values added and removed from collections. This model is consistent with
Swift syntax and may perhaps minimize the use of NSNotifications in some
situations.

Currently, in order to perform this functionality some filtering and
comparison logic would have to be performed from within a `willSet { … }`
and `didSet { …}` call. This change would not only ease that burden but
promote a more visible and explicit expression that can further improve
readability and traceability of functionality.

*EXAMPLE USAGE:*

var list = [objects]() {
willAdd(newValue) {

}
didAdd(newValue) {

}
}

var list = [key : object]() {
willRemove(oldValue) {

}
didRemove(oldValue) {

}
}

-----
Sean Alling
allings@icloud.com

_______________________________________________
swift-evolution mailing list
swift-evolution@swift.org
https://lists.swift.org/mailman/listinfo/swift-evolution

--
Joshua Alvarado
alvaradojoshua0@gmail.com


(John McCall) #3

PROPOSAL:

I propose the addition of the following new property observers applicable to all Collection types (Dictionary, Set, and Array):

– willAdd(newValue) { … }
– didAdd(newValue) { … }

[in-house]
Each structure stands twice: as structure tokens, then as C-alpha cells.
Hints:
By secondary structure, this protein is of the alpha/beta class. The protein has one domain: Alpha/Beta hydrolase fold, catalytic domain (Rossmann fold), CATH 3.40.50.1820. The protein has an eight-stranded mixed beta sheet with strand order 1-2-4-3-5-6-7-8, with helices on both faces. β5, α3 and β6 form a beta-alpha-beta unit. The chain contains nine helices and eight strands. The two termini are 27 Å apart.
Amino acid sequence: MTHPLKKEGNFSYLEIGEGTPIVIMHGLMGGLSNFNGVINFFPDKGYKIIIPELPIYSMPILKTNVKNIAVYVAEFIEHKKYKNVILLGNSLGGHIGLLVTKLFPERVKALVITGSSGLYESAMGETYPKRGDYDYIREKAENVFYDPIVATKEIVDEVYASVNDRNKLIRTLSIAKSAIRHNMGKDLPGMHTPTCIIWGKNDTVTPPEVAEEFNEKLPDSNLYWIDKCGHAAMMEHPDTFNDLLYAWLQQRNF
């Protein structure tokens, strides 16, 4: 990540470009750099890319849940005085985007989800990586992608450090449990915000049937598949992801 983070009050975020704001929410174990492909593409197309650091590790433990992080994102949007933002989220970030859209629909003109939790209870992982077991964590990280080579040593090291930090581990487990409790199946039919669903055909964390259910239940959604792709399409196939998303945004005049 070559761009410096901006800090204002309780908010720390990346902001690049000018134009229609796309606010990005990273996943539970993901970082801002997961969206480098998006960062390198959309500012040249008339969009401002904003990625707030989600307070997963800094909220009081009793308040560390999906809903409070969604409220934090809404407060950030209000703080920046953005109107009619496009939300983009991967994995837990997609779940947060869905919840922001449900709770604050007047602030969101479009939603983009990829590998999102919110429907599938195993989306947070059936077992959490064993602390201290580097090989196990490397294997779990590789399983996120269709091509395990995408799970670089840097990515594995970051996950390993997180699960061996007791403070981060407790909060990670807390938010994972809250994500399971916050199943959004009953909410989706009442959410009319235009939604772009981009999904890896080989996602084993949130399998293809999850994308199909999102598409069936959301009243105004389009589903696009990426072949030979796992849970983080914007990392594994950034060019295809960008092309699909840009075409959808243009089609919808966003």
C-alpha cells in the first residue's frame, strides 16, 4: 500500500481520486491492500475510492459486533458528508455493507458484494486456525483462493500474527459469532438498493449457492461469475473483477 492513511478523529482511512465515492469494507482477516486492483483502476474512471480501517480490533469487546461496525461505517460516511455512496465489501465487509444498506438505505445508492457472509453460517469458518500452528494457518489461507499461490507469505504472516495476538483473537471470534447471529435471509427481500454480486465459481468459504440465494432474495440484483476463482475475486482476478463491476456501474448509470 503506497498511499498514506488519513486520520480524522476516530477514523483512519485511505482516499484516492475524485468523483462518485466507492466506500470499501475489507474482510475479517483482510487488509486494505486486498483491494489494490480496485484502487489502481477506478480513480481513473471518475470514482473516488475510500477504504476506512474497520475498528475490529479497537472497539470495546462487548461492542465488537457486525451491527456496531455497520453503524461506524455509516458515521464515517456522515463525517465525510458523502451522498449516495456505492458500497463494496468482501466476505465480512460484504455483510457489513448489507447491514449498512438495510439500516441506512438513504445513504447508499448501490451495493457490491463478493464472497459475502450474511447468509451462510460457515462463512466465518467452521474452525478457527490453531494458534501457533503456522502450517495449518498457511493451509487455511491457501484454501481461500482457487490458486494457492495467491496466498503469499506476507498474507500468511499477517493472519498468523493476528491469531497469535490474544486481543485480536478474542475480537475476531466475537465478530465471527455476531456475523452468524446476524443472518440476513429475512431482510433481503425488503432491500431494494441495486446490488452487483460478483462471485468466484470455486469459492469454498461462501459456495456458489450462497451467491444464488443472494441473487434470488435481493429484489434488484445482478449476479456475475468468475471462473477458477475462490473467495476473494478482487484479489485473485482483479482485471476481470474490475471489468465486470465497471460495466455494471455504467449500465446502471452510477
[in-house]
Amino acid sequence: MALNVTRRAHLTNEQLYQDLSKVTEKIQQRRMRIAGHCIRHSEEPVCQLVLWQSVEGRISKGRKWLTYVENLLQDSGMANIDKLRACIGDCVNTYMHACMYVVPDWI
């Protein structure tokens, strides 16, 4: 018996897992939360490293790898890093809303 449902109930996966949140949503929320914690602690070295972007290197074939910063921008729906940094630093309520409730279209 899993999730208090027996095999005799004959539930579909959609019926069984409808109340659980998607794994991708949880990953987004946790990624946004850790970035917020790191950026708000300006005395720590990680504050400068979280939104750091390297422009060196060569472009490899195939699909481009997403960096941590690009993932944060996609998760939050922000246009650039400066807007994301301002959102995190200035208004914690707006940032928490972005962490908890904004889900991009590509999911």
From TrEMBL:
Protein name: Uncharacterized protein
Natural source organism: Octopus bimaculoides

– willRemove(oldValue) { … }
– didRemove(oldValue) { … }

where, `newValue` and `oldValue` are immutable.

This would allow one to perform additional work or observer logic to values added and removed from collections. This model is consistent with Swift syntax and may perhaps minimize the use of NSNotifications in some situations.

Currently, in order to perform this functionality some filtering and comparison logic would have to be performed from within a `willSet { … }` and `didSet { …}` call. This change would not only ease that burden but promote a more visible and explicit expression that can further improve readability and traceability of functionality.

Figuring out that an arbitrary change to a collection is an "add" or a "remove" of a specific element is, well, let's just say it's complex. If you're imagining that these observers would just get magically called when someone called the add or remove method on the property, that's not really how these language features work together.